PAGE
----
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Meconopsis is a genus of plants in the poppy family, the most common of which grown in Britain are the Welsh poppy, Meconopsis cambrica, and the Himalayan blue poppy, Meconopsis betonicifolia. The flowers are a similar shape and structure to true poppies, but they can be identified as meconopsis by their seedheads. Rather than 'pepper pot' seedheads typical of true poppies, meconopsis seedheads are thin and long.
Meconopsis betonicifolia bears spectacular, bowl-shaped blue flowers with bright yellow centres, in late spring to early summer. It makes a dramatic statement when grown en masse, and does best when grown in moist, neutral to acid soil in a partially shaded spot. The Royal Horticultural Society has given it its prestigious Award of Garden Merit (AGM).
Plant type: Hardy perennial
Flower colour: Blue
Foliage colour: Blue-green
Sun exposure: Partial shade, Shade
Soil: Well-drained/light, Acidic, Moist
Skill level: Experienced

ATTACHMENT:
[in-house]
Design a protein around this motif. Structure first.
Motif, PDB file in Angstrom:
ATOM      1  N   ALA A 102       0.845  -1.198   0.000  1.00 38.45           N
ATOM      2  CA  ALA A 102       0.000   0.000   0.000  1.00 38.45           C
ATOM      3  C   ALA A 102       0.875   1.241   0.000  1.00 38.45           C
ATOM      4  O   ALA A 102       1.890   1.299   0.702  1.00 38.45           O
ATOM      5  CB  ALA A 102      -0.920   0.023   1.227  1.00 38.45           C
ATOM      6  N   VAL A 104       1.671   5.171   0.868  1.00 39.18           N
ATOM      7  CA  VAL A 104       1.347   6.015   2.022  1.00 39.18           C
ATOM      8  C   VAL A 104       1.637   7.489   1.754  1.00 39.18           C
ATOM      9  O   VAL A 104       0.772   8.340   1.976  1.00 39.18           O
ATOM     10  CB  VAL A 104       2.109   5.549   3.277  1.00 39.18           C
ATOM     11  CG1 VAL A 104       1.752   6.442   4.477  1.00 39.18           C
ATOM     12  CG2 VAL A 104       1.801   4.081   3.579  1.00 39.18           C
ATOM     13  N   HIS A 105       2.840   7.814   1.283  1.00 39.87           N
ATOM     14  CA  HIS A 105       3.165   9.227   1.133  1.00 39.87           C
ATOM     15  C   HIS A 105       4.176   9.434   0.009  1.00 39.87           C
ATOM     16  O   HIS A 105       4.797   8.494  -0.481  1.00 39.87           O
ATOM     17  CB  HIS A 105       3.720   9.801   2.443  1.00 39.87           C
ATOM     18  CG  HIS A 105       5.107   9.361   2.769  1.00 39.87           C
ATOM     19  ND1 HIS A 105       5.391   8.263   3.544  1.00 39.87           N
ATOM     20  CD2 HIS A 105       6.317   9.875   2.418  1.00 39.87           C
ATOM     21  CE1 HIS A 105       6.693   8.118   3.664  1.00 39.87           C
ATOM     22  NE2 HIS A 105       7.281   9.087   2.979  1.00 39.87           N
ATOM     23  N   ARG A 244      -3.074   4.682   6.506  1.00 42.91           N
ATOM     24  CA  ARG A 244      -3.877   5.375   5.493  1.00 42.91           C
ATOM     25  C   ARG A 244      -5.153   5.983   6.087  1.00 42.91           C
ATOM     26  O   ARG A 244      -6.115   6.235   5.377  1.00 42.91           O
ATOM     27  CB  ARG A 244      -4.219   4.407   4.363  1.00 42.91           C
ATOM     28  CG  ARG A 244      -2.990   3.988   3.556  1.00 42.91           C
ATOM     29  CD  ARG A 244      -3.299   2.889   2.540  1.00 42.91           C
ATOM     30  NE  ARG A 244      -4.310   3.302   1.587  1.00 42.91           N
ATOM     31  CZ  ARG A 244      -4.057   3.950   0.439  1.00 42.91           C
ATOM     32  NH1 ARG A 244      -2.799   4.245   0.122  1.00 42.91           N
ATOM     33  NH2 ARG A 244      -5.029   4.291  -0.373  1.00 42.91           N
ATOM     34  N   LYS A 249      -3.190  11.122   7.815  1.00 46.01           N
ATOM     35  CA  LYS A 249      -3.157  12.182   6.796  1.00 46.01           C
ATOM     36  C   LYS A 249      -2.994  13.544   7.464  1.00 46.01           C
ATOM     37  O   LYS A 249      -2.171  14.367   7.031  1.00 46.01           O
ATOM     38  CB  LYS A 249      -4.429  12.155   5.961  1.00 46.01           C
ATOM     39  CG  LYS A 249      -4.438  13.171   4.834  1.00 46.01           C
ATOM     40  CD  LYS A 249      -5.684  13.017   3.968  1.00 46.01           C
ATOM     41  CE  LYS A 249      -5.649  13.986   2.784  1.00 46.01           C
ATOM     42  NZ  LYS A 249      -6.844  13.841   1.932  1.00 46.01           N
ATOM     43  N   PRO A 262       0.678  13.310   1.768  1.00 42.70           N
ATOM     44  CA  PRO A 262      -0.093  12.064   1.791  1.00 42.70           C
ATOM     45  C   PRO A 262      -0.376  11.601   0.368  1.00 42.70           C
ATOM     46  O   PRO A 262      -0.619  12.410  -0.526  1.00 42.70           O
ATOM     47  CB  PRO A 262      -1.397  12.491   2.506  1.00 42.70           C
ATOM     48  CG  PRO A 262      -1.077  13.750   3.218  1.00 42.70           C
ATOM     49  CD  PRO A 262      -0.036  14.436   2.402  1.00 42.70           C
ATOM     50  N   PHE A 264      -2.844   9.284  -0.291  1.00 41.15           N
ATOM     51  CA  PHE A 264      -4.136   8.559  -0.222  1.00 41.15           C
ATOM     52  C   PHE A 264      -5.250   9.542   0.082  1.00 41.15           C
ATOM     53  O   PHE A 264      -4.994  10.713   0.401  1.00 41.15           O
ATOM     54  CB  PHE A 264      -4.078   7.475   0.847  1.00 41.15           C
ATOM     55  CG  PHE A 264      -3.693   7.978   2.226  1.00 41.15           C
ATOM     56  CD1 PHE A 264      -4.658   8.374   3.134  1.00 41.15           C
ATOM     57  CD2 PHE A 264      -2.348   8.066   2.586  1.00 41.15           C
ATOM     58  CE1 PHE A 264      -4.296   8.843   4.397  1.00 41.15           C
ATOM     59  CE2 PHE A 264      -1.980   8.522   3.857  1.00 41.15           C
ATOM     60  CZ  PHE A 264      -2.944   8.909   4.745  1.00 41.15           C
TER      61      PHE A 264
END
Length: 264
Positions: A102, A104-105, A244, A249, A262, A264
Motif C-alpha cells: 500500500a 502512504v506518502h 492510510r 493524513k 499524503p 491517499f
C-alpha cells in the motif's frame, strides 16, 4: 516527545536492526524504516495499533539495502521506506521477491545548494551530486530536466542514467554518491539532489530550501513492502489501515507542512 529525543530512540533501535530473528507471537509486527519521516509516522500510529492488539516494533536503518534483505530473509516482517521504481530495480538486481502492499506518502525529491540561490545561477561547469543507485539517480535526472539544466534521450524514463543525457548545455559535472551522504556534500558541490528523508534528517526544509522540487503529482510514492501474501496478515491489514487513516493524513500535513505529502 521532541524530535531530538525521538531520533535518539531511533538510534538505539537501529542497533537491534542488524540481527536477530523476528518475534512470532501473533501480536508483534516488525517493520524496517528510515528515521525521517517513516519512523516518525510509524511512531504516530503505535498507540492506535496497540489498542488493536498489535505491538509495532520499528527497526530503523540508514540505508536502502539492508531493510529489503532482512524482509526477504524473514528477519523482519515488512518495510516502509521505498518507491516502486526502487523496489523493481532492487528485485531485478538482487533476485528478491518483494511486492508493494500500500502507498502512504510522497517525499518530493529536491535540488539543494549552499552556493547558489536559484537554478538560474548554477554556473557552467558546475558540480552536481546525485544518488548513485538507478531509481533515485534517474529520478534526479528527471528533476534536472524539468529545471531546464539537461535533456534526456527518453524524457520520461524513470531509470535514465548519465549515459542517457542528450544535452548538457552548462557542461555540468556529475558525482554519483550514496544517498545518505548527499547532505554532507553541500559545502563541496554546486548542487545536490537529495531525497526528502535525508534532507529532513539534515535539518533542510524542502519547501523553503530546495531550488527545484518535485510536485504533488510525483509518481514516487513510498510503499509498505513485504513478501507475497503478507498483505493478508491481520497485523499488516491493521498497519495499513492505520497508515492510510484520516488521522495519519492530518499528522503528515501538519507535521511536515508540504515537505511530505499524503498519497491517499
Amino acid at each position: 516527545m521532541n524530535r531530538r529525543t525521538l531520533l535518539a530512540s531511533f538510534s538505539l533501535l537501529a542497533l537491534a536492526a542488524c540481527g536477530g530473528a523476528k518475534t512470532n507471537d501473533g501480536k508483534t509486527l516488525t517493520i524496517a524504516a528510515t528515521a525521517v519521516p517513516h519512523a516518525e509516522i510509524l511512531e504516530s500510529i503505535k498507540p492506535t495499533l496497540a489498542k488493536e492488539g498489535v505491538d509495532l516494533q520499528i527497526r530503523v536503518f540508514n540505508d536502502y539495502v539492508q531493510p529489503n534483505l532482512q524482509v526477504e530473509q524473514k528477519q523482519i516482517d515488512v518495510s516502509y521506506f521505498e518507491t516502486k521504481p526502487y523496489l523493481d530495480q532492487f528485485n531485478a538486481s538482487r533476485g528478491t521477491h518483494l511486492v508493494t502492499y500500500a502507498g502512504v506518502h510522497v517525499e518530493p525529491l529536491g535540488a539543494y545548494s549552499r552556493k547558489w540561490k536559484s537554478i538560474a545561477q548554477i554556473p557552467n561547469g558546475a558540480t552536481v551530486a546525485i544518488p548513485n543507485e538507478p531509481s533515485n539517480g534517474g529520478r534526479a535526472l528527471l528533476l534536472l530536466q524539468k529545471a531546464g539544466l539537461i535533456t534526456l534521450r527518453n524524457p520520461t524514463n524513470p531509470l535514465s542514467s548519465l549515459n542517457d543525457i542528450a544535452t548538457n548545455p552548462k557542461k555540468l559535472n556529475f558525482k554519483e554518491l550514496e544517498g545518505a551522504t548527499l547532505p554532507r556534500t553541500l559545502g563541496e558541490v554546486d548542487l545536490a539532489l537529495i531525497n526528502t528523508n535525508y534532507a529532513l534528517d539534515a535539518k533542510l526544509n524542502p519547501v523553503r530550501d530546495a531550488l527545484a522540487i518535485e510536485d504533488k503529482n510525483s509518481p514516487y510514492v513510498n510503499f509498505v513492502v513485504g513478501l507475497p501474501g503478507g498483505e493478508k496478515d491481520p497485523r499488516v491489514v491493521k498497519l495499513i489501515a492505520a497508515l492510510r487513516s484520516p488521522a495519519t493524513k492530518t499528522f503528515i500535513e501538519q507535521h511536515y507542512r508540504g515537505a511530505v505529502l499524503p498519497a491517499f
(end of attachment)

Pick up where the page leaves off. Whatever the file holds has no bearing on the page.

Time to plant seeds: March to May
I have two Himalayan blue poppy plants, and they have never flowered within the 3 years, that I've had them.
I've just noticed a flower bud, arising from the mount of foliage on one of my plants.
I've just realized, the reason, for the delay in flowering, after I read your plant information ; I planted my poppy plants in direct sunlight on the south facing part of my garden.
I should dig up the plants and plant them, in a shady place, under a large shrub when should I do this?
l sowed this from seed quite a few years ago and it flowered l had about 6 plants they shed seeds and these grew and flowered, but we had a very bad winter wet and damp this saw them off, l bought a packet of seed last year and l have about 6 plants ready to put out, they do like the shade not to much though. they are a very lovely plant. but they are fussy plants. and they do seem to like being left alone.
i just bought them this year will give it a go
If you grow this from seed or buy a plant, never let it flower in the first year. It takes a couple of yers for the plant toi establish. Easy to propagate from seeds collected. Sow immediately and leave to own devices in shady spot over winter, but cover with glass at angle over pot to protect from heavy rain.
Once established they hate to be moved.
I planted one last year in a border, but it came under sustained attack from snails, and was very unhappy. Have moved it to a container, stuck it in the shade, and religiously watered and fed it, mixing in tea leaves/coffee grounds to acidify the growing medium. It is now four foot tall and just flowered.
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